Where Is Your Heart? There used to be a slogan that went around when I was younger. It roughly went something like this: “It’s 10:00. Do you know where your children are?” When I was in college, the dorms on campus were hit with a rather bizarre rash of thefts where someone stole the furniture out of the dormitories. Pretty soon signs went up all over campus asking, “It’s 10:00. Do you know where your dorm furniture is?”
The spiritual life begins with a very similar question that goes like this: “It’s 10:00 (or any other time). Do you know where your heart and mind are?” A person’s heart and mind devise their priorities, determine their loyalties, and direct their actions. It is a common expression to speak of appealing to the hearts and minds of people. During the Vietnam war, the U.S. Government under President Johnson frequently spoke about winning the hearts and minds of the Vietnamese people. The same language was used by the Bush administration in reference to the people of Afghanistan and Iraq during those military occupations. The basic idea is that the heart will commit a person to a cause or a program or even a person and the mind will figure out what to do to achieve the purposes of that cause, program or person.
Moses understood this clearly. In the book of Deuteronomy, as he sums up the law for the people of Israel before they prepare to cross over the Jordan into Canaan, he does it this way: “Hear, O Israel: The Lord is our God, the Lord alone. You shall love the Lord your God with all your heart, and with all your soul, and with all your might” (Deuteronomy 6:4-5). When he was asked to sum up the Law, Jesus cites this very same passage and adds, “And you shall love your neighbor as yourself” (Matthew 22:39; cf. Leviticus 9:18). The heart provides the inclination, and the mind activates the action. So here is the question: Where is your heart? Is your mind where your heart is? And most importantly for us in this era of social media manipulation by corporate and political interests, who has access to your heart and mind? Who and what has shaped how you think and feel about things? Who has instilled what sort of fears and anxieties in your consciousness? What are the unseen forces pulling on the strings of your mind? What memes and propaganda have sunk their barbs into you?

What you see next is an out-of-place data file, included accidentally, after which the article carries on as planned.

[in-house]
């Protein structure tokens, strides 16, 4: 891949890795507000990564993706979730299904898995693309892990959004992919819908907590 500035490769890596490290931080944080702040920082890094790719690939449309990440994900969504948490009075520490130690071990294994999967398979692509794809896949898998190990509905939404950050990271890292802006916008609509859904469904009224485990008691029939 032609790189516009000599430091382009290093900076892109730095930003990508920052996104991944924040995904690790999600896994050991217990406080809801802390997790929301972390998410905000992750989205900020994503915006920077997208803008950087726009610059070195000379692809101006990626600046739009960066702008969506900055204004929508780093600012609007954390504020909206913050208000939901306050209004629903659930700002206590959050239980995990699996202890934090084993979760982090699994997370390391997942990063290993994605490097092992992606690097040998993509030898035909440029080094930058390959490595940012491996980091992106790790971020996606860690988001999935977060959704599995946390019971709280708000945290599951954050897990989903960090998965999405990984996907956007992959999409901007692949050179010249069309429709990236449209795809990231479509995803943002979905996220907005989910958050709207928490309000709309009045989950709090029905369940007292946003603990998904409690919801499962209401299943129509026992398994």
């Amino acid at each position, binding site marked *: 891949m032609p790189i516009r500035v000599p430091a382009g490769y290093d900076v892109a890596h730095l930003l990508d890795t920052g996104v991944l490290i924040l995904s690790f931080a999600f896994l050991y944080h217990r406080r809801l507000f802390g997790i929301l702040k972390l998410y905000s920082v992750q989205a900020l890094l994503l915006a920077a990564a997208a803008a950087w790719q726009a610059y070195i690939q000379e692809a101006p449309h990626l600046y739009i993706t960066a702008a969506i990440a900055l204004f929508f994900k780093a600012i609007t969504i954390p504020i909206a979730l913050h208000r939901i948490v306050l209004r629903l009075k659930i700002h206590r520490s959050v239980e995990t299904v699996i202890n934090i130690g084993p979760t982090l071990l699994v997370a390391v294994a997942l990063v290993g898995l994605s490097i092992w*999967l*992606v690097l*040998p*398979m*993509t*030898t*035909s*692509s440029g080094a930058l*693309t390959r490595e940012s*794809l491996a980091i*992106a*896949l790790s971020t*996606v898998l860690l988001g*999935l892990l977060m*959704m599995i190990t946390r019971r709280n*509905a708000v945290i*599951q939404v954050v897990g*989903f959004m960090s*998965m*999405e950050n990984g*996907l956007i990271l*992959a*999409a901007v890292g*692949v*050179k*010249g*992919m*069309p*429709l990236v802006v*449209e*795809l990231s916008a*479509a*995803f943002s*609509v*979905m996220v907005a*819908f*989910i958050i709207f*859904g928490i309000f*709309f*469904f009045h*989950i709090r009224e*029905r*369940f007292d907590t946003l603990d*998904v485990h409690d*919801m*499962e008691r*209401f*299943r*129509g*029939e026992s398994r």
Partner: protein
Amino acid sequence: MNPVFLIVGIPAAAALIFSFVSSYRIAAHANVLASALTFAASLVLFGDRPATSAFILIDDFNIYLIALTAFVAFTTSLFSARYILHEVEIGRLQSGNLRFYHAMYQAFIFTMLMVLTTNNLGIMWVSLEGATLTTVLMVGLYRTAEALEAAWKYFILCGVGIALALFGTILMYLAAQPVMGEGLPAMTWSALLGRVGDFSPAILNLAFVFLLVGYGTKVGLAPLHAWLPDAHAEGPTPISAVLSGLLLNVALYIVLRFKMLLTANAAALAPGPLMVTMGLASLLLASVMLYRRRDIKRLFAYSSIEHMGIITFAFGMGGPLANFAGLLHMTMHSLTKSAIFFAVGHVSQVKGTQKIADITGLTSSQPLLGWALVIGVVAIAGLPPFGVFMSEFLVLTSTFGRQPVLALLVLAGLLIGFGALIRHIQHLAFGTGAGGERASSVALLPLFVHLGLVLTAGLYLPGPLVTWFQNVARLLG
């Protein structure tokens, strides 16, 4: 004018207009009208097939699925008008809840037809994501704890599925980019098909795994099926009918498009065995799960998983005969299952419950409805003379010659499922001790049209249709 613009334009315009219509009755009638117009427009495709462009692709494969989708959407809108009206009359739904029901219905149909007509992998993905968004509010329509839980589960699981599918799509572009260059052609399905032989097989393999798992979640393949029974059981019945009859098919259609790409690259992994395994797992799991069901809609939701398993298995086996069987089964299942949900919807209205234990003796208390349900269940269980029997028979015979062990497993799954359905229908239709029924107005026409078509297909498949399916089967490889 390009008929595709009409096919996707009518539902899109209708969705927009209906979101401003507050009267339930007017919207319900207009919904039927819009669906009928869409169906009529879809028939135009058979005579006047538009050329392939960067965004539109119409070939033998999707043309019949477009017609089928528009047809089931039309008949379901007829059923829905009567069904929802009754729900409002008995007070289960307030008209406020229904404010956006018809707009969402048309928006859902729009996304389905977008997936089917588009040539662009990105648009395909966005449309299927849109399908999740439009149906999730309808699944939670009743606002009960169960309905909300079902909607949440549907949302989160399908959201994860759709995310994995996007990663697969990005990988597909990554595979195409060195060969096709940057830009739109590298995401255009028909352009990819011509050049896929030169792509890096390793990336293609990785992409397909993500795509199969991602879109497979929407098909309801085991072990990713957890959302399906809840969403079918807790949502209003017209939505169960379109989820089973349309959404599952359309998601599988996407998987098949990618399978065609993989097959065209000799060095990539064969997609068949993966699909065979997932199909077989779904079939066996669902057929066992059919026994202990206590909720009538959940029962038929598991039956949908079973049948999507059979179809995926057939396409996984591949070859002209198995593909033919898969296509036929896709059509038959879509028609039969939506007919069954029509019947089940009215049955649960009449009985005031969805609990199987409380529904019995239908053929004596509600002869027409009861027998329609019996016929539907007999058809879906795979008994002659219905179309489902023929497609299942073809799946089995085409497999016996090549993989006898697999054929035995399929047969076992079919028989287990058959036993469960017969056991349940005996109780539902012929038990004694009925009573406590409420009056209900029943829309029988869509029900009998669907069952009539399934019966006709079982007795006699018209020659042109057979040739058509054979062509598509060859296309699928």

So it is that the first step in exploring the Jesus Path for the 21st Century is to take stock of the worries, fears, and anxieties that have seized control of our lives.
The Restless Heart Anxiety and worry are related to where the heart is. This is because the human heart is basically restless and seeks satisfaction. Augustine put it pointedly: “Our hearts are restless, O Lord, until they rest in thee.” Because our hearts are restless, we seek some sort of resting, some sort of satisfaction. This takes many forms. Some people become obsessed with money and material comforts. Others are incessantly busy, working on that project or helping with this cause, not because it is an expression of what they are drawn to do, but because they are so uncomfortable with themselves that they hide from their restlessness in a blur of frenetic activity and busy-ness. Others seek the adulation of others or seek to become the envy of their neighbors. Others may drift from job to job, or community to community, never quite finding their niche or place. Still their hearts are restless and yearn for satisfaction. The danger of a restless heart is that is lacks direction, particularly an internally-guided sense of direction. A restless heart all too easily becomes adrift in life, simply going where the flow and flood of society takes it. Therefore it is significant that at the start of his ministry, Jesus addresses the question of where people are headed in life. In the Gospels of Matthew and Mark, Jesus begins his ministry by calling people to repent: “From that time on Jesus began to preach, ‘Repent, for the kingdom of heaven is near’” (Matthew 4:17; see Mark 1:15).
But what exactly is repentance? In the Koiné Greek, the word for repentance is metanoia, which literally means to change one’s mind, to change the direction of one’s mind, and thus one’s life. (See Jesus and the Bigger Mind.) In fact, metanoia more accurately translates as “beyond the (normal) mind,” and the force of the verb indicates going beyond our normal consciousness or way of thinking into a deeper, bigger mind. Jesus calls out, “Repent! Redirect your mind!” But what does this mean? Perhaps it is best to think of metanoia as not just a turning, but also a re-turning of the heart to the way, the way that moves us into a bigger circle of consciousness.